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Telephone Interview Tips

In some cases, the first ‘meeting’ between client and candidate is via the phone.  Since the phone discussion determines whether (or not) you will move on to the next step of the process, you should take the following into account:

  • Have a copy of your resume and/or notes available for quick reference
  • Ensure there are no children, pets, TV’s or other noises in the room that could cause background noise or distraction
  • Speak into the mouthpiece.  While this sounds logical, it can be forgotten if you are checking a file at the same time.  If taking notes electronically, inform the client or candidate that they may hear typing as you take notes during your conversation. Do NOT eat while talking or allow activity in the office to distract you
  • Smile.  Use a warm tone of voice.  A smile cannot be seen but it does change the interest and enthusiasm of the conversation.  Enthusiasm is contagious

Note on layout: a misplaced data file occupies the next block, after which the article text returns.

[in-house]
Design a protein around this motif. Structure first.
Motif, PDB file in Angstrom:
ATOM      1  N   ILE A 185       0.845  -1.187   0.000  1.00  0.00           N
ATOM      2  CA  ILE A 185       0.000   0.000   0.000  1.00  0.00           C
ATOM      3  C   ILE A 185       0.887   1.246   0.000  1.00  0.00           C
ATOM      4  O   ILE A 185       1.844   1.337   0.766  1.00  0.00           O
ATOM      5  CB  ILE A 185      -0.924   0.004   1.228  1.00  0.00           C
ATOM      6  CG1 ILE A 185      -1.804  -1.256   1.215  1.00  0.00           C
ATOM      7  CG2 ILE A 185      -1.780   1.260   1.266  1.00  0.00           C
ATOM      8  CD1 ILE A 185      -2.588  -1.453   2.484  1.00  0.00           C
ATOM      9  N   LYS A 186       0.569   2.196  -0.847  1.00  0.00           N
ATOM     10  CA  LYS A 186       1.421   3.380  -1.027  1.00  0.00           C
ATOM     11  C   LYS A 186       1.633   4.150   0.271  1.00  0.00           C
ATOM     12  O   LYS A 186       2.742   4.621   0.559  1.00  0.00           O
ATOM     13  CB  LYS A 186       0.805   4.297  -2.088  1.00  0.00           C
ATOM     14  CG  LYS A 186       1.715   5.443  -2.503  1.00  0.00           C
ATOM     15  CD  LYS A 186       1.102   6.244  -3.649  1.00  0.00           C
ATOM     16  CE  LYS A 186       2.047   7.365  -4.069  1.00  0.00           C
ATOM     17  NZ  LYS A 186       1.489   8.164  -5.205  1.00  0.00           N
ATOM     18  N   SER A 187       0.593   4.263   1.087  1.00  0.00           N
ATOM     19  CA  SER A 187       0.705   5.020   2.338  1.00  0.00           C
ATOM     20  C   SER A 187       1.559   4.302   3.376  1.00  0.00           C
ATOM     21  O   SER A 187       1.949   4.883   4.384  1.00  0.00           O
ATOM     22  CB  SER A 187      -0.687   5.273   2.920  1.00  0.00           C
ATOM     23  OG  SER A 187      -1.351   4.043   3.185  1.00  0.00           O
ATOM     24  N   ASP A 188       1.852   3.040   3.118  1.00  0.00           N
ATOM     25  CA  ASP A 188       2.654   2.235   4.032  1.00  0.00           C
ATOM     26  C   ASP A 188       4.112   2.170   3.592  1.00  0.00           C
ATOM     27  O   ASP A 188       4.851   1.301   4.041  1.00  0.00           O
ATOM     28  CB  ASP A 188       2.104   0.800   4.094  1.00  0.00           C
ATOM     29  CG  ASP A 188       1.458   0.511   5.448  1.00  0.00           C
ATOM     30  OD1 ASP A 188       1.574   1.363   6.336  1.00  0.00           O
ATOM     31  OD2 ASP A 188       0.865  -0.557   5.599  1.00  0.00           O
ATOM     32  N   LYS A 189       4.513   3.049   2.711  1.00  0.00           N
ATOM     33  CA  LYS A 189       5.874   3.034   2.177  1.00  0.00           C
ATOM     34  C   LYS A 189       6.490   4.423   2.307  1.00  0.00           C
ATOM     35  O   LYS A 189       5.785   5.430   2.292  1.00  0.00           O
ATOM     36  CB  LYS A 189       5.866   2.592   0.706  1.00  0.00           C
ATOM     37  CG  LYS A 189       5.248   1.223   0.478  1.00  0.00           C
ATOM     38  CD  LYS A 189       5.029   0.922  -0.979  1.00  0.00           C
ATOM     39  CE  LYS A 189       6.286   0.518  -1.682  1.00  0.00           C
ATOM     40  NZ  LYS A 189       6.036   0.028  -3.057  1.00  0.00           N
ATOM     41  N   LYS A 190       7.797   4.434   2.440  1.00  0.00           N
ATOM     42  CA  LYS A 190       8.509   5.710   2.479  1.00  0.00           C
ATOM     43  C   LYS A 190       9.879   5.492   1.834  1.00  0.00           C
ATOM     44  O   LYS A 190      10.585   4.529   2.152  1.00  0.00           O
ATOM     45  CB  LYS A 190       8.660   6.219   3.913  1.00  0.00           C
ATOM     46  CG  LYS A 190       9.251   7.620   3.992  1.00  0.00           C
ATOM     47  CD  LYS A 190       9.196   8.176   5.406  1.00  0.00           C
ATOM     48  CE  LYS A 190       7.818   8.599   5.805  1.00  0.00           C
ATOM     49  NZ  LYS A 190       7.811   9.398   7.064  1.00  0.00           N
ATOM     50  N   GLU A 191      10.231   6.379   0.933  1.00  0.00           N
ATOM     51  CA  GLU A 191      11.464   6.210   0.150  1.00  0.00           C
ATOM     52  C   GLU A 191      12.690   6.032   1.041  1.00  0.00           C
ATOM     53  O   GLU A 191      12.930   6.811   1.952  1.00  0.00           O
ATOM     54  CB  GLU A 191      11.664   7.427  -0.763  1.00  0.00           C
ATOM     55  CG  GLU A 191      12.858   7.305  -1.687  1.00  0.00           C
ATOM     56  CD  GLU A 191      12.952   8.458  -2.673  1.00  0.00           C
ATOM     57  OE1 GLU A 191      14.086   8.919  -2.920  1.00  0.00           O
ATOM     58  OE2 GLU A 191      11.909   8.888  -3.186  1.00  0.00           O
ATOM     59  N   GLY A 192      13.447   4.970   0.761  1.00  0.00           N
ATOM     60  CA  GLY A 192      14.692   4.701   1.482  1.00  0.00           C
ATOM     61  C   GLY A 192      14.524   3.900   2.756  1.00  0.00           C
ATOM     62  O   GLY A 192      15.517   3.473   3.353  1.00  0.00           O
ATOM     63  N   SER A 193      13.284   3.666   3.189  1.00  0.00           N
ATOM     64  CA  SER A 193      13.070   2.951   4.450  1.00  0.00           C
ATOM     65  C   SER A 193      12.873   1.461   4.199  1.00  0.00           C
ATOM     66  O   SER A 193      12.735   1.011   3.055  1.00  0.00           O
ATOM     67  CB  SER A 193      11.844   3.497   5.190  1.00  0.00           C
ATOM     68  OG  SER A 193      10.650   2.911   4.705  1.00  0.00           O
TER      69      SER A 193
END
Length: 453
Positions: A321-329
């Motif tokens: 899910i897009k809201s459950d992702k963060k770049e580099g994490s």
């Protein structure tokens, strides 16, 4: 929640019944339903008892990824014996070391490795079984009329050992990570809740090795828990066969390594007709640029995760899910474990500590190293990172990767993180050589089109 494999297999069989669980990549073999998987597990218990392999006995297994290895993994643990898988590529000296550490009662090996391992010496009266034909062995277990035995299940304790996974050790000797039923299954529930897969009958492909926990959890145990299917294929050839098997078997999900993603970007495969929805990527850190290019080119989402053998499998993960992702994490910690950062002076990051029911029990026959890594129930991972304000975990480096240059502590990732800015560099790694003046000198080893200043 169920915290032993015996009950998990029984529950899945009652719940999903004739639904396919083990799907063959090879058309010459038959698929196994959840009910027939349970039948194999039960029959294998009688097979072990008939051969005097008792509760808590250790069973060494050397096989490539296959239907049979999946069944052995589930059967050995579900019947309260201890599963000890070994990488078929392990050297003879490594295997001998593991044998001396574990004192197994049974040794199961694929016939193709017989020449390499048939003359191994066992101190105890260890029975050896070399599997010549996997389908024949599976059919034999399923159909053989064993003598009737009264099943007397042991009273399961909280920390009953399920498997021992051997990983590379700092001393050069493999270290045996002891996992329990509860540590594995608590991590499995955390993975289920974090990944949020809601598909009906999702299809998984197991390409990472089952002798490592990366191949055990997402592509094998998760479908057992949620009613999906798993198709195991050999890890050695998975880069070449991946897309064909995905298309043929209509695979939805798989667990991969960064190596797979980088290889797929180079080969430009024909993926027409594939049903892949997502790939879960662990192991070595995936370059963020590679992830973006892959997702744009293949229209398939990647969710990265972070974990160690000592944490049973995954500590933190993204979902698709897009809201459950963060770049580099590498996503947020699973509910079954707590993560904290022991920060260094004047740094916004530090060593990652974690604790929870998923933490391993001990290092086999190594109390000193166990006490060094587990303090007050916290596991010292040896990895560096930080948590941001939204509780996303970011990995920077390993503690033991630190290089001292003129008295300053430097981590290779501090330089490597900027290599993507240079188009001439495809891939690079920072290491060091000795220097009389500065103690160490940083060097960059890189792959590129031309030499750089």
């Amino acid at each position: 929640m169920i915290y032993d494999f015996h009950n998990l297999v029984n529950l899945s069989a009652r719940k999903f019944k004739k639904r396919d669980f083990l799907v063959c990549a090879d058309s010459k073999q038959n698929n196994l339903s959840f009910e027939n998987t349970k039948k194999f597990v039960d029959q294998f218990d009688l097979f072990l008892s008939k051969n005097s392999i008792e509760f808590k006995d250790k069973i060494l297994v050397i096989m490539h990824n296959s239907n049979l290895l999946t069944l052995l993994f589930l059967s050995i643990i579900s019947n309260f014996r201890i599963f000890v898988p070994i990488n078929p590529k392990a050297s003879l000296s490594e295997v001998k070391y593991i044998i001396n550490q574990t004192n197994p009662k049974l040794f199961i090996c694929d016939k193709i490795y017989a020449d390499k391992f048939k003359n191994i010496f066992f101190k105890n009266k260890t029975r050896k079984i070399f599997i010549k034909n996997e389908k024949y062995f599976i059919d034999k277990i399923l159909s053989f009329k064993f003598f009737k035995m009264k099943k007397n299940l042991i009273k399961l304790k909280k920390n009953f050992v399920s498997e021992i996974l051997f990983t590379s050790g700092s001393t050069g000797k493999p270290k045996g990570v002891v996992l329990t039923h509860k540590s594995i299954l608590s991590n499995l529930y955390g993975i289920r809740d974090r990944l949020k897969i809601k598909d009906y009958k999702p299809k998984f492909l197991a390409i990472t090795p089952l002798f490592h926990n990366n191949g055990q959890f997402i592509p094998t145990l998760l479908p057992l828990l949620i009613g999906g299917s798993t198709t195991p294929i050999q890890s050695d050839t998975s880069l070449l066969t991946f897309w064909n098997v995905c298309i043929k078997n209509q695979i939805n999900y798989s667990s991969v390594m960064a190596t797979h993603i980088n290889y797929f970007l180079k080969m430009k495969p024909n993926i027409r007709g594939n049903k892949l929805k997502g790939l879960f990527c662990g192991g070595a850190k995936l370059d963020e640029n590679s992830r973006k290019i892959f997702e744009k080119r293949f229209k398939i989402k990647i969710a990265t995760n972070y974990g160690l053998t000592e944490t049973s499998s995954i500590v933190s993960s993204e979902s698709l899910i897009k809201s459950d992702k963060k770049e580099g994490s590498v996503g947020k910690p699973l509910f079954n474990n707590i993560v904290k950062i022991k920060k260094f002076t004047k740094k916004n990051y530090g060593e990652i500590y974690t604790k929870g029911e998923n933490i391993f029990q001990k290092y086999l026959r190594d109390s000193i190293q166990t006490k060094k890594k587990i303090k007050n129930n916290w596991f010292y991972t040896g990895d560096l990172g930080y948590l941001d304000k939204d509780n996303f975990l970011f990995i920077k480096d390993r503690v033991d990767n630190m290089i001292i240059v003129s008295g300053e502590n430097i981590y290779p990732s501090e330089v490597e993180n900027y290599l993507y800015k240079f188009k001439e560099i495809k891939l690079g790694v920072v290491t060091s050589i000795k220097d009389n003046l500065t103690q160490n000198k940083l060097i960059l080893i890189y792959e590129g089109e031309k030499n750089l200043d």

• Use a mirror while you talk to ensure you’re projecting the right image
  • Be positive.  Have the courage of your convictions.  Never say "possibly," "maybe," "I think that could be."  Instead, say "yes," "certainly," "always," "of course!”
  • Be concise.  Use short words and avoid waffling
  • Use jargon with discretion. Some individuals may respond well to your knowledge of industry terms, while others may find it puzzling
  • Be natural.  Be yourself, pleasant and businesslike.  Avoid adapting a telephone persona.  It is contrived and sounds that way at the other end
  • Use gestures to strengthen your delivery.  We are more assertive when we are standing up, so stand up when you feel nervous!
  • Increase your inflection.  It is usually necessary to increase your normal voice inflection – what you use in normal, face-to-face, conversations – by about 50%
  • Slow down.  Concentrate on pronouncing words crisply and clearly at a rate about 25% slower than normal.  Space out the words on the page to slow yourself down
  • Develop a vocabulary that creates a vivid picture for the individual on the other end of the phone.  Select adjectives that will help that individual ‘see’ what is being said
  • Listen.  Listening skills are as important as speaking skills.  You should talk 30% (asking good questions) and listen the remaining 70% of the time
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